A sense of euphoria washed over me. For the first time in my life, I had made a split-second decision. I was going to do something that I hadn’t scheduled or planned for at least six months in advance. I was going to Paris.
Postcard from Paris by Holly Willow was the romance novel I needed this month. The novel is set in both Boston, Massachusetts and Paris, France wherein the female protagonist, Poppy, begins to understand the meaning of fate.
A series of unfortunate events leads Poppy in finding a random postcard at her parents’ house by an aunt she legitimately had no idea existed. All of a sudden, in the aftermath of assuming that her fiancé is having an affair and that he just left for work in Hong Kong for six months thus postponing the wedding, she seizes life by the balls and books a flight to Paris to meet this mysterious aunt.
But also to maybe find herself, too.
Poppy in Paris is where she finally realises that she was made for more than just falling into a logical relationship; more than a job that has taken her for granted; just more. With the warm love and welcome of her mysterious aunt, Poppy finally settles into the Parisian lifestyle.
Oh, and she accidentally, may have pretended to be someone else to land a job with the hot author who lives with her aunt.
It was a super quick and cute read that had me hooked till the very end.
If you want more of a concise synopsis, here is the Goodreads blurb:
When Poppy finds a postcard from Paris, sent by an aunt she didn’t know existed, she books a flight to France to investigate. Just days after arriving in Paris, she accidentally lands herself a job thanks to a case of mistaken identity. To complicate matters further, she soon starts to fall for her new boss. Falling in love with your boss is never a good idea and she knows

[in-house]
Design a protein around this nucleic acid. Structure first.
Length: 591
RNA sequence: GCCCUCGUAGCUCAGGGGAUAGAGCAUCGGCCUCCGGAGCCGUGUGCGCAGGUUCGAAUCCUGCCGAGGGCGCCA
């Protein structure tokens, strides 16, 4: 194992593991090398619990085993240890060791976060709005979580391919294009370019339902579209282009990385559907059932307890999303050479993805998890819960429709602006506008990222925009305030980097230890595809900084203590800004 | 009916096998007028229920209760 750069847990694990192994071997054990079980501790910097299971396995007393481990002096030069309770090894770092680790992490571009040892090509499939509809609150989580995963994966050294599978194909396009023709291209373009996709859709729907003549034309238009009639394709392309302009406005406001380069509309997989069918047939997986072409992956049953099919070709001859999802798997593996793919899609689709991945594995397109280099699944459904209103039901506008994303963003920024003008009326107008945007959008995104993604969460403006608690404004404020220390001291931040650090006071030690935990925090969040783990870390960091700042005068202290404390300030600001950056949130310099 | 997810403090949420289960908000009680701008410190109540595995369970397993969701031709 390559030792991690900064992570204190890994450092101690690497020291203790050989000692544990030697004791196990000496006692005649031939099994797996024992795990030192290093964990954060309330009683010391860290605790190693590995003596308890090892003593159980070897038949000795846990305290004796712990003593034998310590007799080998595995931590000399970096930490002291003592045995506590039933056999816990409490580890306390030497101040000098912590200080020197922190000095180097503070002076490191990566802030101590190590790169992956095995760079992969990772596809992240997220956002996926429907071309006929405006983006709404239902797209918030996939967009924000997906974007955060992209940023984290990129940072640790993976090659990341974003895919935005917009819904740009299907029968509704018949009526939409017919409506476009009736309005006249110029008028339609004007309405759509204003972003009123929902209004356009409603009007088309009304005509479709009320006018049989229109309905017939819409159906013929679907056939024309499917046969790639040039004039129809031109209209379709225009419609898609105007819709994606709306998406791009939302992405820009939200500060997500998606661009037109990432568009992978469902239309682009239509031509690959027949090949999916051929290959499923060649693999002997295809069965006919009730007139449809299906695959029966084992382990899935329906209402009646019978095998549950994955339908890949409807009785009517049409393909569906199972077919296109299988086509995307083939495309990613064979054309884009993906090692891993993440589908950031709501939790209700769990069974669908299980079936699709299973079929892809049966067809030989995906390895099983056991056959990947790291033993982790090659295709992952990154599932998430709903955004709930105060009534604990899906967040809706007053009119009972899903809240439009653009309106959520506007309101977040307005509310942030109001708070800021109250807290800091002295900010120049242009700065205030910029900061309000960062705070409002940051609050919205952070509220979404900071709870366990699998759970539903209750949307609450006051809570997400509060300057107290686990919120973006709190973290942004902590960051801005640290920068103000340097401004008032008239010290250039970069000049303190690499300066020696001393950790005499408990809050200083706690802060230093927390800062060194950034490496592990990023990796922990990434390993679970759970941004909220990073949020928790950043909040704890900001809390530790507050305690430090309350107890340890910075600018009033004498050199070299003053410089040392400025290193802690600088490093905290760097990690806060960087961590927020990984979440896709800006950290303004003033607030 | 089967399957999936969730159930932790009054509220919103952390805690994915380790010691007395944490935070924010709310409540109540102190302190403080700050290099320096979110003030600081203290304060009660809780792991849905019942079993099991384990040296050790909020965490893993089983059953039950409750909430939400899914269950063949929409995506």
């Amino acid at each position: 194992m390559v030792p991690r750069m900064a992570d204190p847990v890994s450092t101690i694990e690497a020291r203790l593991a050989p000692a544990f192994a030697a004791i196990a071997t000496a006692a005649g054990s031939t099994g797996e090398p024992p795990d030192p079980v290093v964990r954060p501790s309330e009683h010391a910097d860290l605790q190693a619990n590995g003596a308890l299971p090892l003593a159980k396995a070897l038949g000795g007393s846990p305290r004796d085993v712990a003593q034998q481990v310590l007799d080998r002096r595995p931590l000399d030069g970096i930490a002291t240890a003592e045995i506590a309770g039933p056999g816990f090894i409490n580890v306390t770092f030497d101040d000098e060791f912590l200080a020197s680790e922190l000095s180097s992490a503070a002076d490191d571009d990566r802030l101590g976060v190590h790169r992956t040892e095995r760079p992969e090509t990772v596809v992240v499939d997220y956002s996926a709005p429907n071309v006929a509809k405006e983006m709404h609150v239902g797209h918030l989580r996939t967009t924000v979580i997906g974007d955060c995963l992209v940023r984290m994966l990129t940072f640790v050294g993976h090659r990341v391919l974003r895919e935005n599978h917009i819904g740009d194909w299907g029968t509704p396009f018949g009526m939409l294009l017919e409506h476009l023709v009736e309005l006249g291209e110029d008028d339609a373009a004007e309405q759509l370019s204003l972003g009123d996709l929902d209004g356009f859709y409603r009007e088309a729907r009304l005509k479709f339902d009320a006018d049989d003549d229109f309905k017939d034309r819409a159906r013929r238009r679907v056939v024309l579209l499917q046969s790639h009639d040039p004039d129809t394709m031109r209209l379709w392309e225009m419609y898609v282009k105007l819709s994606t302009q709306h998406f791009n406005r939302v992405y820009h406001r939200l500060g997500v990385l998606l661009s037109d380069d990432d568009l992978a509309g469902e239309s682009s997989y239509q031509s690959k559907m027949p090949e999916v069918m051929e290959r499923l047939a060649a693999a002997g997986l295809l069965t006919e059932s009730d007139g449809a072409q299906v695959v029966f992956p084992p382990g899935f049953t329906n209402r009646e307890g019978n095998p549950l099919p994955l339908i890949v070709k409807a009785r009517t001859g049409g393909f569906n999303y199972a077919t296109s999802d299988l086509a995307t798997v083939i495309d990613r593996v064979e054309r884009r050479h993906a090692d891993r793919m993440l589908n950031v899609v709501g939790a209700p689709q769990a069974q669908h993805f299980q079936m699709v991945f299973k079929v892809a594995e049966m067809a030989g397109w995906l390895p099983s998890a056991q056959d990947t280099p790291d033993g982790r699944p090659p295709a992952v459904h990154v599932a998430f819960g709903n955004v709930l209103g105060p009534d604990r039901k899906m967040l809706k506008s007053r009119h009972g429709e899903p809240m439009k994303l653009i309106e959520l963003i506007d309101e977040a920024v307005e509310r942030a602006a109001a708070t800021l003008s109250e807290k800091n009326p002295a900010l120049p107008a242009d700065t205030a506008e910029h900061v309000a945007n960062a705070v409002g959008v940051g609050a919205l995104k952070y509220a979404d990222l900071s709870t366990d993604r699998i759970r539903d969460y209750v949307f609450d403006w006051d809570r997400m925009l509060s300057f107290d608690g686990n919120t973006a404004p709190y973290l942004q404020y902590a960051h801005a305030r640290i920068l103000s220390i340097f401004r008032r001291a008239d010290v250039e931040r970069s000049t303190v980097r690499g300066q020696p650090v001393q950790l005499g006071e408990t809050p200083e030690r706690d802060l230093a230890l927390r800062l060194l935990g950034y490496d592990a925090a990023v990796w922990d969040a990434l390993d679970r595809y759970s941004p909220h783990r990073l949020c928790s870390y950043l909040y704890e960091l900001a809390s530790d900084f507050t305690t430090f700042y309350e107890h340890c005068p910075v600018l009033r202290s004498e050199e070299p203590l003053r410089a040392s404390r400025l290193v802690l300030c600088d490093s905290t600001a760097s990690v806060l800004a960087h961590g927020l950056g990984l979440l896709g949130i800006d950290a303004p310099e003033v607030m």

Thoughts on the Narrative
Overall, I think the writing style really suited this type of narration. In the sense that it was fast-paced, easy to understand, humorous and completely relatable. It was a solid adult romance, and I’ve missed them so much! I didn’t realise how much I’ve missed a good old fashioned adult romance book until I read this one and I was like, awwwww. The simplicity of it calmed me.
Narratively, I was so happy that there was no major dramas that fell into the territory of ‘trope-land’. For me, when such tropes like ‘mistaken identity’ or ‘miscommunication’ are used in romance, it’s usually utilised for a few chapters which makes the entire reading process drag on and so much more frustrating than it needs to be. In Postcard from Paris, however, this was not the case. The author, Holly Willow, ensured that she made the story as realistic as possible – and having a mistaken identity trope that lasts for months is not realistic. Having characters that don’t talk to each other out of stupidity is not realistic. In this case, though it takes Poppy a couple of chapters, she comes completely clean to James, the attractive author and male romantic interest, about her identity and it’s fine! They communicate, even though James already knew because in reality, you can ask people questions pertaining to the identity of the supposed pretender!